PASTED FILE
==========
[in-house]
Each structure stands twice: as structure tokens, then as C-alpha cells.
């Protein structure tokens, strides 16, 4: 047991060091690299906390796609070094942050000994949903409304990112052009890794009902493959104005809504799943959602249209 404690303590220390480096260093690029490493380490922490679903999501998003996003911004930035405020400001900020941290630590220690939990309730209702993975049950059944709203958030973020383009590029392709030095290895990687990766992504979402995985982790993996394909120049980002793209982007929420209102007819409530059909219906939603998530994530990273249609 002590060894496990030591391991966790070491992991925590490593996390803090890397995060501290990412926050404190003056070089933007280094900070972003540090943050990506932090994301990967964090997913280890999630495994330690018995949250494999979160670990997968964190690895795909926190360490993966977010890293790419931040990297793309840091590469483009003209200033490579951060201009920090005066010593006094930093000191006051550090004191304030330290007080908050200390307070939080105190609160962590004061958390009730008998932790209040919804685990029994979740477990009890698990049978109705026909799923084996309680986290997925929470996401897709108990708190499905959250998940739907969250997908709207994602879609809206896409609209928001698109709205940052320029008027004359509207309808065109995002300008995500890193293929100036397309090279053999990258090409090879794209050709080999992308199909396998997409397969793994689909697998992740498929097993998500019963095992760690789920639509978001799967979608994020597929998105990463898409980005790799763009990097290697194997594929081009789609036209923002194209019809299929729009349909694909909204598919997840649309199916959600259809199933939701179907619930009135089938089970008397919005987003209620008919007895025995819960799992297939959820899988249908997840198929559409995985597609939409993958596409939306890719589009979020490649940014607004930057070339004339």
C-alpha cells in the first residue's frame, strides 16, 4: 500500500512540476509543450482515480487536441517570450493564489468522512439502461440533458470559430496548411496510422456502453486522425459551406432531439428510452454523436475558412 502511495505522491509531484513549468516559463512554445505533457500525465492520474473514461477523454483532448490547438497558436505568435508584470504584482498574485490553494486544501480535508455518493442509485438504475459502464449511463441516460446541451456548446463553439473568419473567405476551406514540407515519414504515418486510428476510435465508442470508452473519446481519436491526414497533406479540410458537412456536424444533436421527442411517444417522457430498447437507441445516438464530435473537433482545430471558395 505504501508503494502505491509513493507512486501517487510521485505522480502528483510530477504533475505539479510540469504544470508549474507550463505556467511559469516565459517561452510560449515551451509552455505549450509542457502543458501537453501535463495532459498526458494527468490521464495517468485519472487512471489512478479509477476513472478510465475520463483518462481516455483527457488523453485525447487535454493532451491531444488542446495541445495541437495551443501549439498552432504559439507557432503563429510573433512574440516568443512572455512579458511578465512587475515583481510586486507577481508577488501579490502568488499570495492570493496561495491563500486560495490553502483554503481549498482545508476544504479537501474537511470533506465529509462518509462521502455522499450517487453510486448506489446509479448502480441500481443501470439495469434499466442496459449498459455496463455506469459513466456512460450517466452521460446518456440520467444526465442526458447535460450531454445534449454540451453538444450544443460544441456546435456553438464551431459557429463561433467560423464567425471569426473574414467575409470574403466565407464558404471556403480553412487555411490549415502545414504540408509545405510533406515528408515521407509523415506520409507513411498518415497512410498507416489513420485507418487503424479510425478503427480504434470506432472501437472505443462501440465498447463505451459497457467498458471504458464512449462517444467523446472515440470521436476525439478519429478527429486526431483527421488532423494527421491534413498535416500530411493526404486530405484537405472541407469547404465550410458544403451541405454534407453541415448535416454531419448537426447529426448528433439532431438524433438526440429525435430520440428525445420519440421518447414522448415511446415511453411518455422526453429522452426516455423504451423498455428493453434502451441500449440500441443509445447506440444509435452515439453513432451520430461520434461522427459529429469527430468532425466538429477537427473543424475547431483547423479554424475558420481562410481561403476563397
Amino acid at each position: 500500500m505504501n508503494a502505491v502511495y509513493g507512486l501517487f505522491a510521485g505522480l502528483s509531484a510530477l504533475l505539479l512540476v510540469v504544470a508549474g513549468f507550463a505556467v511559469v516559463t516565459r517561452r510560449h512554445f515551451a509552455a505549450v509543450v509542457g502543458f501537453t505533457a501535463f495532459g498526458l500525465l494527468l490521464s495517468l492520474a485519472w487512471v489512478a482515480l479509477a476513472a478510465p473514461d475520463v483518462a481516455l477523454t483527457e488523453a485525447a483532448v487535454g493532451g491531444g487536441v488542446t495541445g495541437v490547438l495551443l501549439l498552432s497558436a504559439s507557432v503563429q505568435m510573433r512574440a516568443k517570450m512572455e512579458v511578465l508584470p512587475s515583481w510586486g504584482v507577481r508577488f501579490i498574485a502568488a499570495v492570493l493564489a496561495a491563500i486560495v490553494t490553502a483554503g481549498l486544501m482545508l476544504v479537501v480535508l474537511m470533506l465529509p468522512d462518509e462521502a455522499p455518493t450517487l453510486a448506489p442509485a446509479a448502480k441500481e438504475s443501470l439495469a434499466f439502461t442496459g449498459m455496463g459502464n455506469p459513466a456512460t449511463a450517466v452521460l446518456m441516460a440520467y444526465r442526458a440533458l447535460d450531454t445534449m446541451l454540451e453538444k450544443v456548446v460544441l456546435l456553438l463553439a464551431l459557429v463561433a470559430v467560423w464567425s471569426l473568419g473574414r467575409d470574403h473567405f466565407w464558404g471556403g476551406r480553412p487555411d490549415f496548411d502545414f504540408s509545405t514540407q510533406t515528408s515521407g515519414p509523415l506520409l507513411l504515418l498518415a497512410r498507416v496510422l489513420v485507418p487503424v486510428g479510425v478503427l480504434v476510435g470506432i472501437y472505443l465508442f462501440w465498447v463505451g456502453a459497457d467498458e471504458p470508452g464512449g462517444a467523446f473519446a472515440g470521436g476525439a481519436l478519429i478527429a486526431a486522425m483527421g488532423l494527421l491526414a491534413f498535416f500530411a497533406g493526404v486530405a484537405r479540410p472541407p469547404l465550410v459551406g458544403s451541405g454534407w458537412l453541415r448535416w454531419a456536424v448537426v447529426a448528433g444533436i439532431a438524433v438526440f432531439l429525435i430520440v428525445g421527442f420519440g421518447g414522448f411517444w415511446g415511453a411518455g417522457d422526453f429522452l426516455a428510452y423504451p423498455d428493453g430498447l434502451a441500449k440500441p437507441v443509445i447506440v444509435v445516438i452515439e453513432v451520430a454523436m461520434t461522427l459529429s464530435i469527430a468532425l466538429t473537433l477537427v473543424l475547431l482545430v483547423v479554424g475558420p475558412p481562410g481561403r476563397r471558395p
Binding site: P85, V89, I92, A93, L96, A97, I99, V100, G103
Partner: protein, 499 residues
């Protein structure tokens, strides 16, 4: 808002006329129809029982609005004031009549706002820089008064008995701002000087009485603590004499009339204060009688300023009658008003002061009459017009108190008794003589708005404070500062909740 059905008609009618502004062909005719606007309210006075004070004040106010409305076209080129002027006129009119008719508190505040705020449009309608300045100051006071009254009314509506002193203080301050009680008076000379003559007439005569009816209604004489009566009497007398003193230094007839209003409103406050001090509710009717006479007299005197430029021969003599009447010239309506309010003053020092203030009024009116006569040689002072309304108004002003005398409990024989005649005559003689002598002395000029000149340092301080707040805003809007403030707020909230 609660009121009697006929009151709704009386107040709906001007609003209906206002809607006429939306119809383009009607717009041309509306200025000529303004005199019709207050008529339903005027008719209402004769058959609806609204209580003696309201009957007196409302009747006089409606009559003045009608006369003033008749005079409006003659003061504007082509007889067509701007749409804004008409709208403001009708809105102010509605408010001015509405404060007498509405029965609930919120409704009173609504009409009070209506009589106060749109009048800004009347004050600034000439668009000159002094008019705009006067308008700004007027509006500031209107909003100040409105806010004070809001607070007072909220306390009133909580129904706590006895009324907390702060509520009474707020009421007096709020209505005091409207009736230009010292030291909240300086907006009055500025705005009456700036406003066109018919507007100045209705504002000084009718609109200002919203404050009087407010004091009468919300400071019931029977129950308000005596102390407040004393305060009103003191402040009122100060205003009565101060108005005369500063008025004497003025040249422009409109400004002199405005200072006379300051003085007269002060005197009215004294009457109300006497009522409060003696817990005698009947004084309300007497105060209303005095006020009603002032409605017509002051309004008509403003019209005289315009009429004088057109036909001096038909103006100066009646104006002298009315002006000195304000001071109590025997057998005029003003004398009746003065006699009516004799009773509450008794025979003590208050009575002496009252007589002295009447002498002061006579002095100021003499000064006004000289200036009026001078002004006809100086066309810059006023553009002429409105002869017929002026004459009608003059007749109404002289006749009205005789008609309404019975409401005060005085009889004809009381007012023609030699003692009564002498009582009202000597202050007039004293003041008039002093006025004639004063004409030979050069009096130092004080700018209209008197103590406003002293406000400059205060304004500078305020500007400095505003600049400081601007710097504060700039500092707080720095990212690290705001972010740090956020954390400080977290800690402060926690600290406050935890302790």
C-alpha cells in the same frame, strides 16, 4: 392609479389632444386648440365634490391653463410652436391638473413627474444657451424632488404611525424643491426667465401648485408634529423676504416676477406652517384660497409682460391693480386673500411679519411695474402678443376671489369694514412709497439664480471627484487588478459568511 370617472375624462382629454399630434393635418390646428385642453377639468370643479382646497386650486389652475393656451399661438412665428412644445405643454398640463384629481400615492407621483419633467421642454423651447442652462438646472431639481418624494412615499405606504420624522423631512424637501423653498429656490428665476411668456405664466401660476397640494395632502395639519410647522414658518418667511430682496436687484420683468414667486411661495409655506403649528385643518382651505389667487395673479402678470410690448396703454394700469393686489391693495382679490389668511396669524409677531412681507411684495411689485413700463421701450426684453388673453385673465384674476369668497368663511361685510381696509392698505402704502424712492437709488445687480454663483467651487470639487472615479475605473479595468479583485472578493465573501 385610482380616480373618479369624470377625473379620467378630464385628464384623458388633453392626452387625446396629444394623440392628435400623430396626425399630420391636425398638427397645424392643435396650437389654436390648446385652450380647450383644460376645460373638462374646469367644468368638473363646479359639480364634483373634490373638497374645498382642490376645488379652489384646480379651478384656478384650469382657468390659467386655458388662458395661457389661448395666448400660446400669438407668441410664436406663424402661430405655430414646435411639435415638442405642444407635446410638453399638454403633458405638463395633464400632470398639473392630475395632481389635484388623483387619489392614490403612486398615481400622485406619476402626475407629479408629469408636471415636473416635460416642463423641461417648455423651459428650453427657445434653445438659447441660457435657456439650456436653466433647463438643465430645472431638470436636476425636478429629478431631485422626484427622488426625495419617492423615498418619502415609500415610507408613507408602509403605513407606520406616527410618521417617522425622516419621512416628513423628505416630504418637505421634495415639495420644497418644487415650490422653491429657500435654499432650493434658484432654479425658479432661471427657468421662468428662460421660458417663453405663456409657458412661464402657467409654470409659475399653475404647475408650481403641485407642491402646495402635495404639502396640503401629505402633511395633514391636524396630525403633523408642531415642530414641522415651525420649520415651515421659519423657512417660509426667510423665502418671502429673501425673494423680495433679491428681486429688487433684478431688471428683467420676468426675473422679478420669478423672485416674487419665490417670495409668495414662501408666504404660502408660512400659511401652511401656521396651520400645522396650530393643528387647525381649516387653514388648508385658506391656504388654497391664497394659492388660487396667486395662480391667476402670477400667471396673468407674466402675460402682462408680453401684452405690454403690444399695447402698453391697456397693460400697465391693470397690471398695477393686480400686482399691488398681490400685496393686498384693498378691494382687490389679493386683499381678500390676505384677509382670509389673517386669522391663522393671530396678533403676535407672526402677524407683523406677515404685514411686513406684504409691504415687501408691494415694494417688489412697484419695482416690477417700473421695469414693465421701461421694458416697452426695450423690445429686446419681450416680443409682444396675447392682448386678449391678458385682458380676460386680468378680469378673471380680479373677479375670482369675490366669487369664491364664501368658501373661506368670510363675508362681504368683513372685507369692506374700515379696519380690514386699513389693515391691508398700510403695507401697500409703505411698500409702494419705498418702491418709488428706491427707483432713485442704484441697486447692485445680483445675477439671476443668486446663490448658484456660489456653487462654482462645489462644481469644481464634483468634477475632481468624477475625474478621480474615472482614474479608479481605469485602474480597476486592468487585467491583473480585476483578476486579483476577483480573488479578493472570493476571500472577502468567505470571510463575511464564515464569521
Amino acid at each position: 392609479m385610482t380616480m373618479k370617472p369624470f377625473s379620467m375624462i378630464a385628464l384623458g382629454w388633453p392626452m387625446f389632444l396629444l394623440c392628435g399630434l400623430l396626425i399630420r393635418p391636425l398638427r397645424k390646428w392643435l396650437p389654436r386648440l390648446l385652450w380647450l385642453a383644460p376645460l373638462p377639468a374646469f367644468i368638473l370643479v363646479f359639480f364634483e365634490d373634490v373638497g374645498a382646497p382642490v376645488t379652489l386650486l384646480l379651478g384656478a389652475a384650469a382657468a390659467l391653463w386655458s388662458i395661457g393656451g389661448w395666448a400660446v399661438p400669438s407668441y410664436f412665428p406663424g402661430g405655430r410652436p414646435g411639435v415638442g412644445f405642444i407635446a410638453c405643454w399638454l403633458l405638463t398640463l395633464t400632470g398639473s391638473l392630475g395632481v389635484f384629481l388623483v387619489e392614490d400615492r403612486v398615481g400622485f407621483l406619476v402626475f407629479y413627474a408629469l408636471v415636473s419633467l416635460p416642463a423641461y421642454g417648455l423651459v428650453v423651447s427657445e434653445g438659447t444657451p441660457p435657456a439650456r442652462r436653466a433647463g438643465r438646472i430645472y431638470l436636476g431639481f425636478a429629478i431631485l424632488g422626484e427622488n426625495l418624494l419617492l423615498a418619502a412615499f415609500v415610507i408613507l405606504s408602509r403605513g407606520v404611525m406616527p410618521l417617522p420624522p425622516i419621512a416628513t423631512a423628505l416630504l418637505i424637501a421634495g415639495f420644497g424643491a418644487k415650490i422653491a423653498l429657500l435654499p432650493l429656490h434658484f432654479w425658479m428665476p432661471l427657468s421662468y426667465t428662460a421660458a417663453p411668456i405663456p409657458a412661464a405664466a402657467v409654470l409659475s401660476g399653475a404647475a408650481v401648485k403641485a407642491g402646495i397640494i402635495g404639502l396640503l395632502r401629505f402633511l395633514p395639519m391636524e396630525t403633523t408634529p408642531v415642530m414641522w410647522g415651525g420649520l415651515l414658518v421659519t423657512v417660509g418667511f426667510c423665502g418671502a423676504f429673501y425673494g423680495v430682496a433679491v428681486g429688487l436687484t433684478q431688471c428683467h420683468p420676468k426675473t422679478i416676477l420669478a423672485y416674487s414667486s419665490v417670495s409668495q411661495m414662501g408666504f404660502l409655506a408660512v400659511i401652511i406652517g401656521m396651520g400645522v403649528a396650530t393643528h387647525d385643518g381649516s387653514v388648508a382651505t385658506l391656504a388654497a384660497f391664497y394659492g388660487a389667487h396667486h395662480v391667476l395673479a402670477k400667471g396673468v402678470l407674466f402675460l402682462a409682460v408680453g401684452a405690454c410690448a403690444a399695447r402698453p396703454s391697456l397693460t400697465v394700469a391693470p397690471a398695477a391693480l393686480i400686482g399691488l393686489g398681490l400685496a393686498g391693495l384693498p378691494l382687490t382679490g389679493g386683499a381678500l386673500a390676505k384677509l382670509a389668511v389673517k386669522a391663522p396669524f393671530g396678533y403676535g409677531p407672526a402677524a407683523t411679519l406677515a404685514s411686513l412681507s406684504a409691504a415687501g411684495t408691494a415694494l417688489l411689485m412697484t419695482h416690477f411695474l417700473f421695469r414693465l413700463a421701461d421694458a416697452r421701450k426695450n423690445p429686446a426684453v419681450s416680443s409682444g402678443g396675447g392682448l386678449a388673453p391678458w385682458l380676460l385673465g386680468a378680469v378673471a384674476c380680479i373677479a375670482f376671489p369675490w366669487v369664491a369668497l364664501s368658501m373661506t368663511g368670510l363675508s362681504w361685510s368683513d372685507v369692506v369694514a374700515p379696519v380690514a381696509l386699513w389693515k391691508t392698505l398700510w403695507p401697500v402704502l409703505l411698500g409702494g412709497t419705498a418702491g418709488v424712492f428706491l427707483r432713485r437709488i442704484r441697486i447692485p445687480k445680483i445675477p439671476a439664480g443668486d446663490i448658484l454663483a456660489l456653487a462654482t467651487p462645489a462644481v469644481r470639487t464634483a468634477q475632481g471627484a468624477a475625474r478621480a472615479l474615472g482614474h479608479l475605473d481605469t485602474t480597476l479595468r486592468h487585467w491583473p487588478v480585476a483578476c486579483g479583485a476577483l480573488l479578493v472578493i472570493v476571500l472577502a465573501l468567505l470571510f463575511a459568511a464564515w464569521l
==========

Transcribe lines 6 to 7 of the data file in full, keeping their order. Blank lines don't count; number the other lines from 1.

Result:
Binding site: P85, V89, I92, A93, L96, A97, I99, V100, G103
Partner: protein, 499 residues